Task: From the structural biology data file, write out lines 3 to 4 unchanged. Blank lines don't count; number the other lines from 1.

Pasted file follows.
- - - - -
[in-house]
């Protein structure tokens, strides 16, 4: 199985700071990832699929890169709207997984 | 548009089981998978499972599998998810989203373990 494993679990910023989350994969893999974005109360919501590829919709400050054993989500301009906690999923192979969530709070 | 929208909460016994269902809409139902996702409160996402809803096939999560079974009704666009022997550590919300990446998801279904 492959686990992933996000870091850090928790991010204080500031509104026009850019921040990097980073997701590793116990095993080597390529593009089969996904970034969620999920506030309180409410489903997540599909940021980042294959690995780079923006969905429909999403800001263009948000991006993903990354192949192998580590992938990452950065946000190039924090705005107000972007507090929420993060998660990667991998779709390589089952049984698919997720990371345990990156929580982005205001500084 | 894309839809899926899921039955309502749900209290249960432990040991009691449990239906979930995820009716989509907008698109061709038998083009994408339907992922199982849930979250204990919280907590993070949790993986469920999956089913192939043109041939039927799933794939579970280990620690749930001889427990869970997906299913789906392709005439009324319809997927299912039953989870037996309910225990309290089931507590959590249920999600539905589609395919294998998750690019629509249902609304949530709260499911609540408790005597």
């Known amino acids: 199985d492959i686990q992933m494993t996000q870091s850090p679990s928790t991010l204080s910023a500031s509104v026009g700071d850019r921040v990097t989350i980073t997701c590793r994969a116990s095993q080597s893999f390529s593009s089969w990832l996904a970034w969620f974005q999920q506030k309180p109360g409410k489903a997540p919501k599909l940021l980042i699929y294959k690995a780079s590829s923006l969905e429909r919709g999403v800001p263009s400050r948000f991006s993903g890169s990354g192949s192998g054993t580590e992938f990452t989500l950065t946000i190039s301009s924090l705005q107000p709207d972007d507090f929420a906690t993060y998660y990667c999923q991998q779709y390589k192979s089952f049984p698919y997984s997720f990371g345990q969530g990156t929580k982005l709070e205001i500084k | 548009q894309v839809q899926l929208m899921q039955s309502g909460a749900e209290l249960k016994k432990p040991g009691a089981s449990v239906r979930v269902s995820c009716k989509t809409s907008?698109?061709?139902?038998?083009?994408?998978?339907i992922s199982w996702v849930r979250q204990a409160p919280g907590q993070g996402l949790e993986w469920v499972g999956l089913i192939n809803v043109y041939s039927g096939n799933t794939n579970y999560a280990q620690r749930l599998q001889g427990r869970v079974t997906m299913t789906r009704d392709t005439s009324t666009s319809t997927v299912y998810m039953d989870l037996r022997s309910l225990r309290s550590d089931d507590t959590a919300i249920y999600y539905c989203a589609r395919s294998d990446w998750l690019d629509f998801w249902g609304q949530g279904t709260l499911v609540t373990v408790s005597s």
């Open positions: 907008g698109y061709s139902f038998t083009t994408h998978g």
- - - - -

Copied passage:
């Known amino acids: 199985d492959i686990q992933m494993t996000q870091s850090p679990s928790t991010l204080s910023a500031s509104v026009g700071d850019r921040v990097t989350i980073t997701c590793r994969a116990s095993q080597s893999f390529s593009s089969w990832l996904a970034w969620f974005q999920q506030k309180p109360g409410k489903a997540p919501k599909l940021l980042i699929y294959k690995a780079s590829s923006l969905e429909r919709g999403v800001p263009s400050r948000f991006s993903g890169s990354g192949s192998g054993t580590e992938f990452t989500l950065t946000i190039s301009s924090l705005q107000p709207d972007d507090f929420a906690t993060y998660y990667c999923q991998q779709y390589k192979s089952f049984p698919y997984s997720f990371g345990q969530g990156t929580k982005l709070e205001i500084k | 548009q894309v839809q899926l929208m899921q039955s309502g909460a749900e209290l249960k016994k432990p040991g009691a089981s449990v239906r979930v269902s995820c009716k989509t809409s907008?698109?061709?139902?038998?083009?994408?998978?339907i992922s199982w996702v849930r979250q204990a409160p919280g907590q993070g996402l949790e993986w469920v499972g999956l089913i192939n809803v043109y041939s039927g096939n799933t794939n579970y999560a280990q620690r749930l599998q001889g427990r869970v079974t997906m299913t789906r009704d392709t005439s009324t666009s319809t997927v299912y998810m039953d989870l037996r022997s309910l225990r309290s550590d089931d507590t959590a919300i249920y999600y539905c989203a589609r395919s294998d990446w998750l690019d629509f998801w249902g609304q949530g279904t709260l499911v609540t373990v408790s005597s």
């Open positions: 907008g698109y061709s139902f038998t083009t994408h998978g």